and lie were made to be their lord, at
if they wrre for no other purpose than
1o amjxt t,ii s ancr, or tu cunfribufc
, taKi aggrandizement! uh t mso may
J . but trust roe, lit can never- be
!,JPP7 nor rtaoo nor eeat. I here
tune . golden iueart. which w
the amironriate region of Virtue and
intetligeBce.HJeoliteBt withJ that,
and if the horn of plenty ove flow, let
Us dropping! fall upon yourfellowmen:
let them fall like the dropping of lion,
ey iu the wildernest, to cheer the way
worn pilgrim. I wish you, indeed,
to be distinguished but WeslK i not
ensential toliUiKiion. Look at the
illuotiious pattais. philoMijihers and
philanthropists, who. in various ages,
hive blesrd the world: was it their
wealth that made them great? Where
was the wealth..of Aristides, of Scra
t', of Plato, Kjminoudas, of Fabri
ru, CiHciriiutat, and a cimutless host
upon the rll f fame? their wealth
was in the mind and heart. These
are the treasure by which they have
been immor ali d; and sui h &lune are
treasure wli: h are worth - -a- single
France ami MrxU. The Pliiladt
phia ll-rald and Sentinel, has the fol
lowing jut remark in coiclediug,aii
intere-tiiig article on tie pending
Wt,rn wr)i1iTlmf-rhal "Mexico was.' ami
Jiat litf now l we Confer onrwlc inclin
ed In 1 Ii? ;)iiijim lli.il no rcvotuiiun cmihl oc
cur, whicii cimiIiI mil 'ultimately proe uf ail
ramajfe tu lirr peojilr, ami rjircialty if that
rc,liiii(iii ahoiilil he led tor aid by a nation
lii lia tu rclf injile eVvalnl t rid-
the fieat C4ieer of cii il and relijfiou libcr-
S i all ahuujil , say all who-wlie
well to Mexico wish well to the rauie
of liberal opinhm, and tlie perpetuity
of g Mid faith, honest council, and hu
mane mi-asures iiiouitl cieire ine suc
cess of France.nut only rh:isliing, but
in conquering and subduing tUt toun
trv. We the people oj' tlwe United
S'ate. have not a grain of ympailiy
for the dishonest U-pnts of Mi-xicn.
laml ha long ilestretl to see I lie in-
ptiiiitied, and is perfectly willing that
France should do the wink; and so are
The ?iiiiiulnii; Army. I he fol low-
is given in Hi j ai.niisoniun as tue
rank and hie ol the executive statniing
army of uliice Imliler, iu the State of
NewvatYork. How hanlly can the frec
1I11111 oT I'li'ctinii be iifainiaiiied ngaiuf
lie n4iur.1l, enemies of that freedom,
whm their tfXiiU are seconded by the
assaults of such an arniy of placemen,
whose daily bread, under the 1 ule and
reign of tho spoilers, i depend, nt 011
'heir par iziin exertions!'
217 Mail Uuntractors.
9 Cleiki in (he New York Post Of.
25 Lighthome Keeper.
500 Custom lloue Oflicrrt.
These, says the Madisonian. consti
tute a regiment of the King's own,
well dr.llcd n the svausm f terrmisin
and seduct'uii, aud oV dragooning vo
tersl" We trust, however, that the . Whig
and Conservative of New York," aware
of thejl angers tliat fnviroii the cause
of freeipiverRinent in that State, will
redouble their energy and vigilance,
and thus not only make good tlieir de-
run-ka Mir-iinai llm riimmim enetuv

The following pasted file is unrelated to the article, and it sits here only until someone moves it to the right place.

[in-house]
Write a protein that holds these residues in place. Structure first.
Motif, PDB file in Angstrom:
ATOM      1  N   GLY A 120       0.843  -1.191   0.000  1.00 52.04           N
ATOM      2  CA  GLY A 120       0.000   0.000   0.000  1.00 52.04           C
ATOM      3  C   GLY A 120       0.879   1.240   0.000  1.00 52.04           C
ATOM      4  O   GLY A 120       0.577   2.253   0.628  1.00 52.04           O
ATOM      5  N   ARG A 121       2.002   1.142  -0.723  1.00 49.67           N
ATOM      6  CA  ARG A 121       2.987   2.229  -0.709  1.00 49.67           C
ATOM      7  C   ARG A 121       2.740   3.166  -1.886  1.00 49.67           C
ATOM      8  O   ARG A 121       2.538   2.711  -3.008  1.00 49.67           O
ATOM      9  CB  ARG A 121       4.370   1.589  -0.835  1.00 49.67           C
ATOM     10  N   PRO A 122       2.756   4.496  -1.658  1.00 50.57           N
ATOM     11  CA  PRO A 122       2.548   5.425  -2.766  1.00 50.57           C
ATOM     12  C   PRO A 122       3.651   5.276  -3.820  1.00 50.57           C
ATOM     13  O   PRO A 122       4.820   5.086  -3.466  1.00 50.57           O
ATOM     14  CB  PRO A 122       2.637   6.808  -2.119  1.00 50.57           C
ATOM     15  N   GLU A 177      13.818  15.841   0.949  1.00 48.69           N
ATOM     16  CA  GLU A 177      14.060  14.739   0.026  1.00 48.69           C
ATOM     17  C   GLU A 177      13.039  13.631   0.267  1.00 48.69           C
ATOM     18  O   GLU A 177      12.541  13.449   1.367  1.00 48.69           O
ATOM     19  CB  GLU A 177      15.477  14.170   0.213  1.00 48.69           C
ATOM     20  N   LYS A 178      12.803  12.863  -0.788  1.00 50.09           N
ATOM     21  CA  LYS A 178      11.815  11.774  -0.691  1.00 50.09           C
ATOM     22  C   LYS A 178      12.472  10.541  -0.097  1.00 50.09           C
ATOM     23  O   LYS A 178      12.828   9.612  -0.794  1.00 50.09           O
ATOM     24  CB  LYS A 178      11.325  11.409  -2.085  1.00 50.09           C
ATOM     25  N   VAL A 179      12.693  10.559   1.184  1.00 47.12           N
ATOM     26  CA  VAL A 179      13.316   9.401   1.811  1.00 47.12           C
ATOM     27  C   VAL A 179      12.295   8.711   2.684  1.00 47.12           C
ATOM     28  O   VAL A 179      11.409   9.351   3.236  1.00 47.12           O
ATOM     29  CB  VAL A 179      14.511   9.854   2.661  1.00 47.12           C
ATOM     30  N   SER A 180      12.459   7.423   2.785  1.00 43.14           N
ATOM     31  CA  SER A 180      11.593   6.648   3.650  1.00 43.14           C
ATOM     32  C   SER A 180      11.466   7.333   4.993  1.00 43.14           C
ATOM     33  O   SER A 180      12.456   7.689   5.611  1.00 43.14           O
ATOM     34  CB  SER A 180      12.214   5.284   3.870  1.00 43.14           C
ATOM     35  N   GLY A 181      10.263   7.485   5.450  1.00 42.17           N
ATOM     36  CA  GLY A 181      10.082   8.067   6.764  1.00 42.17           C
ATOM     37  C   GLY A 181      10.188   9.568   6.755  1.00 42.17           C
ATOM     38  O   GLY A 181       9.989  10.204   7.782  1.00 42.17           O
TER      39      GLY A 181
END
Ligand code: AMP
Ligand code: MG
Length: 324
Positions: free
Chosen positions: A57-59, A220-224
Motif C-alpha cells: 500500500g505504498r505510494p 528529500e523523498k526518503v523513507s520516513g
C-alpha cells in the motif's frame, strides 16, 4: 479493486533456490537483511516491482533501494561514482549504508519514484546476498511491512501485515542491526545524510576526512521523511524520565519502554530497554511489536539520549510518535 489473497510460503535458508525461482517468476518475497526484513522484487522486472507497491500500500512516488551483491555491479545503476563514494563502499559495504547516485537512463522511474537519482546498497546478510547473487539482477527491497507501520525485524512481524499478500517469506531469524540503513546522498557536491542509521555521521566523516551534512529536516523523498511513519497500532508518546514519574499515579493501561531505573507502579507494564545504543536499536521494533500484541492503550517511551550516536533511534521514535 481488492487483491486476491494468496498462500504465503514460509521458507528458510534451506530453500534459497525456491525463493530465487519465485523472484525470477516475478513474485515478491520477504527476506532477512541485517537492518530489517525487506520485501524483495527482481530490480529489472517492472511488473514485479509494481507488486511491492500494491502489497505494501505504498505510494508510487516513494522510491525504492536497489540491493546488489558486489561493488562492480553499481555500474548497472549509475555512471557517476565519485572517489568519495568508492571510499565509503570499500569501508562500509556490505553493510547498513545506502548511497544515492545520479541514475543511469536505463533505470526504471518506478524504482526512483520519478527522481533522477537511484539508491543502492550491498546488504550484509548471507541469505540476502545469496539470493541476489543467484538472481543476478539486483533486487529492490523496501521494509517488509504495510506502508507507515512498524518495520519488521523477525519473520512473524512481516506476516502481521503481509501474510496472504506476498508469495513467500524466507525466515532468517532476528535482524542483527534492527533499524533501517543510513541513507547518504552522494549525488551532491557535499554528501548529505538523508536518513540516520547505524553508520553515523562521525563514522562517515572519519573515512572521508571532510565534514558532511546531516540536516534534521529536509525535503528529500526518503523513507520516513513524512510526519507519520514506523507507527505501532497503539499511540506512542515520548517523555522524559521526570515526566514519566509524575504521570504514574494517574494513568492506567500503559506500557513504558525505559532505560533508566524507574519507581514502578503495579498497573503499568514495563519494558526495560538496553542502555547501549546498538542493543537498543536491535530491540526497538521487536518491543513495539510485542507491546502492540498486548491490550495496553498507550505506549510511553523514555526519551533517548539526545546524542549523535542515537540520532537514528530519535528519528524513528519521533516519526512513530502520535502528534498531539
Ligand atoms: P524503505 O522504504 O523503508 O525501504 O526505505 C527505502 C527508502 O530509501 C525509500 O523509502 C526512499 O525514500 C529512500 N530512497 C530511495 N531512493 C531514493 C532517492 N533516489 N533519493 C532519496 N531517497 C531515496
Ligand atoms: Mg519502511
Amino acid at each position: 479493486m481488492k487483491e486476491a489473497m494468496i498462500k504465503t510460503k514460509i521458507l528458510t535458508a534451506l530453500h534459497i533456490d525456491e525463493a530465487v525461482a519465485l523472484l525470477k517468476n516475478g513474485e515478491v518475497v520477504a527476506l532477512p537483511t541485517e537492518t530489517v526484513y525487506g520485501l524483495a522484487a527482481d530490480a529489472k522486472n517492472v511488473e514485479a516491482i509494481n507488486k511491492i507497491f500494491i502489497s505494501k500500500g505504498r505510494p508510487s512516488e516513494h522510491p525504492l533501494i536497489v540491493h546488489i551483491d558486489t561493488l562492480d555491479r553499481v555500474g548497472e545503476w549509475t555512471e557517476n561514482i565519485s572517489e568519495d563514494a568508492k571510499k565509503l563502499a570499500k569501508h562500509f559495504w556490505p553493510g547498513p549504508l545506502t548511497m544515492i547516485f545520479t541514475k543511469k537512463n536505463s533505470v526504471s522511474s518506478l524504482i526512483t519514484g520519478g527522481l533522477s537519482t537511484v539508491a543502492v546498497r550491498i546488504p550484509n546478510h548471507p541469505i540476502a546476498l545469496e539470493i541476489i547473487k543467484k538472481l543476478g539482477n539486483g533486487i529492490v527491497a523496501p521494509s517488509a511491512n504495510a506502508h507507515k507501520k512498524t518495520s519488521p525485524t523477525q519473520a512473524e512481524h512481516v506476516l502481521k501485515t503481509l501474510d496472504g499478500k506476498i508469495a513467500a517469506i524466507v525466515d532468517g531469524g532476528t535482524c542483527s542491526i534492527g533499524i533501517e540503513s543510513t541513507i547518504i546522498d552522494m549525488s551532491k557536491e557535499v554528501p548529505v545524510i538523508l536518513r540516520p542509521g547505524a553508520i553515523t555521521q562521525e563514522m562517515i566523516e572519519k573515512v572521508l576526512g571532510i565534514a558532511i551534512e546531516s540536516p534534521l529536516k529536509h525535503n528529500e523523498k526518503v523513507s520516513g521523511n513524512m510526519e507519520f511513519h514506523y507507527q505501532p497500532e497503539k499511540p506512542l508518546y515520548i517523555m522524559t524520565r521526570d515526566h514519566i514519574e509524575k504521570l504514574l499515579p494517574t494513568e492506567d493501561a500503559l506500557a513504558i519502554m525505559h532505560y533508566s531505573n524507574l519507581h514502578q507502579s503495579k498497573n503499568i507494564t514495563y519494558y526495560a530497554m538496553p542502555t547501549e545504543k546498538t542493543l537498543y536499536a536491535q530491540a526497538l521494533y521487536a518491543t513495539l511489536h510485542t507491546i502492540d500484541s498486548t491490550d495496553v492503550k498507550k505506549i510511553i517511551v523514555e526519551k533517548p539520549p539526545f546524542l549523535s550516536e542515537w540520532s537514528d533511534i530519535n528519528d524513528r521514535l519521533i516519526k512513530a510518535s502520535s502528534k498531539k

fences against the common cnemv.
but eive to the locos in that Mate an
other stnat route, from which there
shail bt n 1 rally. -
The following good humored hit
the contradictory course of the Ilii h
tumid Enquire, is too well merited aud
loo good tube passed by. Its, only
severity is in the truth . ol the satire.
We Qtid the article in the late number
ol th -Virginia Advocate:
LwigHitl Hungry, Srpt. 25, 1838
to do ine one favor, wliich, under
sent circumstances, ! will never
get, and 1 hope you will, at your ear
liest convenience, attend to my case.
I want to know vhere I am, "ami
what I am) whether I am a democrat,
or a repubricairpttr a democratic," re
publican, or a federalist, or a nulifier,
or a consorvative, or a Whig whether
I go for a bank or fur tlie banks, a
gainst a bank or -against the banks,
fwr ,h r "'e J
.1 a. ...I ...l...il. I ..... ai..... ar
dent and whether I must abuse Gener
al Jackson, or Mr. an uuri-11, Mr.
t'alhiiuu, or Mr. Clay, or General Har
rison j whether, in fact, I am -on.-riaLj
head or on my lieelt, in the party c-r
out i-f the partj r t Ifave concUtled,
in w j own mind, that I atu Some t hing
of a special deposite jusr iiovv, sorter
so and sinter not ao, - and want .to
know whether had best keep dark a
while longer or come out? ;'
There ii another subject about which
I want your advice: Had 1 better Mop
the Globe or the Madisonian lor it doe
seem to in loo hard to expect a plain
man, without mucU learning, to stick to
both side of evrej i)iieiioti? I have
stiick.to the Enquirer through thick and
thin, and I don't mean to mind the
hard things they say about you now,
and to hold 011 as long as there is a
pea in the dish only I like to idiow
my cotort somet mc. I e it with you
lor the gun boats, and against tliem,
under Jt-fjeraon, and for the war, and
against the nun-boats, under Madison.
I 'fol lowed vim nad Jefferson against
the bank.- I trad your pprr and sun-
ported Monroe wlien you and lie
jgninst Jackson, and I fumed agafnstl
.uaio, loom anu toenail, ami wt-iii iur
Jackson when you did' the like. I
loaded my lowling piece when they
begau tn talk about light-house in the
skies. I went for the proclamation,
aud ngaint the. procUmatioa in
spolt. and, after tliat, I retolytd no
tu split the party for arj thinj, and
swalltiwed the removal of thedrpo
ites, the protest, the1lackM'rnes,' and,
jast,. though not least, Mr. Van, Bureu
and Col. Diek Johnson. But I confes